Quality of Primary Care Provided to Medicare Beneficiaries by Nurse Practitioners and Physicians


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Abstract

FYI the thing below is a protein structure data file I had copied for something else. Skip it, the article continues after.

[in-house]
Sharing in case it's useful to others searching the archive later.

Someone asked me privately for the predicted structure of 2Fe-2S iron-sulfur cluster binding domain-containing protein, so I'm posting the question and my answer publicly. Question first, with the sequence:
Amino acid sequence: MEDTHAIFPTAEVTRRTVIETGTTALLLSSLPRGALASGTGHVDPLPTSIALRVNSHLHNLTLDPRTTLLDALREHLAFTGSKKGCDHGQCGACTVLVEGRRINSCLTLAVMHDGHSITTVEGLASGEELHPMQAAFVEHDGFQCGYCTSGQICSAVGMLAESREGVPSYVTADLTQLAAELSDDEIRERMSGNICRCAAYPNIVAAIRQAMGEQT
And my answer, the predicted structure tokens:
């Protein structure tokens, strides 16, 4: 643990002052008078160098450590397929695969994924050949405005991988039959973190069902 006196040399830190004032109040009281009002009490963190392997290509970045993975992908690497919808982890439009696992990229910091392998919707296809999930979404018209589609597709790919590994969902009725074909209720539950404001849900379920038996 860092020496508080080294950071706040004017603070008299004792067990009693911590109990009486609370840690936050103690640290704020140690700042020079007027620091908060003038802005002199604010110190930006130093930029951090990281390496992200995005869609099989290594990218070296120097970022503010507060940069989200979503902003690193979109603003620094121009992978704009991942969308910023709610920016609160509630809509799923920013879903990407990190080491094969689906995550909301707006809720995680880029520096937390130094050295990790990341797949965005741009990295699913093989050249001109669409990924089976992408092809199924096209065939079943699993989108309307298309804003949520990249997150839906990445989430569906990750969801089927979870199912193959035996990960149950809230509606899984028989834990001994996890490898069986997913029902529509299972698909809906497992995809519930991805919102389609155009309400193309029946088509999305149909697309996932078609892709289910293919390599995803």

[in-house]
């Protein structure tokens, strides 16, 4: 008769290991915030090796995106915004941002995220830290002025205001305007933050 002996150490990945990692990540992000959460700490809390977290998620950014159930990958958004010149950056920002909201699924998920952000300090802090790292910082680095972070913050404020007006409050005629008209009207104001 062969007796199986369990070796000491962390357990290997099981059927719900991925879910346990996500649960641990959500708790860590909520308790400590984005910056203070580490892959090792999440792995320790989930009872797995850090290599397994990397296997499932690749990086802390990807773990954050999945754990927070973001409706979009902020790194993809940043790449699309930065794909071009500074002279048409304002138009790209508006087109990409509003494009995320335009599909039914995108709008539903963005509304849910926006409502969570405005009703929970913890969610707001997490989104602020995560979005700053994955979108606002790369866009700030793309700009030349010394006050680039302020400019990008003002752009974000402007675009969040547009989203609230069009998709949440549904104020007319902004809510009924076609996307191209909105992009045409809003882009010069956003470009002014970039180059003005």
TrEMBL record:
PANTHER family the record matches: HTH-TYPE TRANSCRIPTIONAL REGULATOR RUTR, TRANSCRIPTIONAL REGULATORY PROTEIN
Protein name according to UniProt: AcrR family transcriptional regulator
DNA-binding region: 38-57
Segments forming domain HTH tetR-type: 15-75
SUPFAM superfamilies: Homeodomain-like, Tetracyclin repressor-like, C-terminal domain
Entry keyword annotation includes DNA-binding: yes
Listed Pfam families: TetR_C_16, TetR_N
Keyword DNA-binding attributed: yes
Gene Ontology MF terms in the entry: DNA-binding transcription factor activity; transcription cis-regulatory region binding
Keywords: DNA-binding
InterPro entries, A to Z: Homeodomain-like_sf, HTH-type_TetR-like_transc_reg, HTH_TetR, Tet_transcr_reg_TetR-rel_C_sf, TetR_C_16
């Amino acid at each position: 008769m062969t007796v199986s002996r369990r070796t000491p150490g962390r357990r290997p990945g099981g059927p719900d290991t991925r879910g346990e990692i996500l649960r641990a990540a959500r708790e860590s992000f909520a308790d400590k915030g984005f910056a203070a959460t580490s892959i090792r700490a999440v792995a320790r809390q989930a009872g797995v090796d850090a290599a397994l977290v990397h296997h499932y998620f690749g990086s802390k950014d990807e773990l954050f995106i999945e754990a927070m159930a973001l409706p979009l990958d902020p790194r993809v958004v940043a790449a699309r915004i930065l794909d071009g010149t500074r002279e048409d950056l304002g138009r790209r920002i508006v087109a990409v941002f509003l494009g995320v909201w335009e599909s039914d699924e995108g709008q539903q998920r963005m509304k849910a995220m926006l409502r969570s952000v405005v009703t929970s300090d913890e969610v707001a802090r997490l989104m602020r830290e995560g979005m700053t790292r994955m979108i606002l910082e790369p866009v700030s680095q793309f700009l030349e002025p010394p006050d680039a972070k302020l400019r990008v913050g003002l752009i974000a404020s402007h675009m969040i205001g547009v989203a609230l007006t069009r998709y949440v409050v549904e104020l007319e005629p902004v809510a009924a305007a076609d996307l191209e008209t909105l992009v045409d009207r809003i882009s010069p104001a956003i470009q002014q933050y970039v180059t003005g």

Objective:To examine differences in the quality of care provided by primary care nurse practitioners (PCNPs), primary care physicians (PCMDs), or both clinicians.Data Sources:Medicare part A and part B claims during 2012–2013.Study Design:Retrospective cohort design using standard risk-adjustment methodologies and propensity score weighting assessing 16 claims-based quality measures grouped into 4 domains of primary care: chronic disease management, preventable hospitalizations, adverse outcomes, and cancer screening.Extraction Methods:Continuously enrolled aged, disabled, and dual eligible beneficiaries who received at least 25% of their primary care services from a random sample of PCMDs, PCNPs, or both clinicians.Principal Findings:Beneficiaries attributed to PCNPs had lower hospital admissions, readmissions, inappropriate emergency department use, and low-value imaging for low back pain. Beneficiaries attributed to PCMDs were more likely than those attributed to PCNPs to receive chronic disease management and cancer screenings. Quality of care for beneficiaries jointly attributed to both clinicians generally scored in the middle of the PCNP and PCMD attributed beneficiaries with the exception of cancer screening.Conclusions:The quality of primary care varies by clinician type, with different strengths for PCNPs and PCMDs. These comparative advantages should be considered when determining how to organize primary care to Medicare beneficiaries.

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